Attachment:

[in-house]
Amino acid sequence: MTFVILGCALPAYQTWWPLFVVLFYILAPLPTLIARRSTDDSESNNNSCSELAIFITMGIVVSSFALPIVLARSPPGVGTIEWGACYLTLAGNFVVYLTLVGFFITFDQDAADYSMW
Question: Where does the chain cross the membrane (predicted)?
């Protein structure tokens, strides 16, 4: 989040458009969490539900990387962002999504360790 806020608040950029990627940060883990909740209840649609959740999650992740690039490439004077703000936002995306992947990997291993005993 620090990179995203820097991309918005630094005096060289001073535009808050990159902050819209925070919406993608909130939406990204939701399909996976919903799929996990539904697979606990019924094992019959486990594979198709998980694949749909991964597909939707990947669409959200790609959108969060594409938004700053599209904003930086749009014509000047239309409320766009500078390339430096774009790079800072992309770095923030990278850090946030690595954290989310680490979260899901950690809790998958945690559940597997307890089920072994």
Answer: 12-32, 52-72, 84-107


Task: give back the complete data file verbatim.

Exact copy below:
[in-house]
Amino acid sequence: MTFVILGCALPAYQTWWPLFVVLFYILAPLPTLIARRSTDDSESNNNSCSELAIFITMGIVVSSFALPIVLARSPPGVGTIEWGACYLTLAGNFVVYLTLVGFFITFDQDAADYSMW
Question: Where does the chain cross the membrane (predicted)?
């Protein structure tokens, strides 16, 4: 989040458009969490539900990387962002999504360790 806020608040950029990627940060883990909740209840649609959740999650992740690039490439004077703000936002995306992947990997291993005993 620090990179995203820097991309918005630094005096060289001073535009808050990159902050819209925070919406993608909130939406990204939701399909996976919903799929996990539904697979606990019924094992019959486990594979198709998980694949749909991964597909939707990947669409959200790609959108969060594409938004700053599209904003930086749009014509000047239309409320766009500078390339430096774009790079800072992309770095923030990278850090946030690595954290989310680490979260899901950690809790998958945690559940597997307890089920072994």
Answer: 12-32, 52-72, 84-107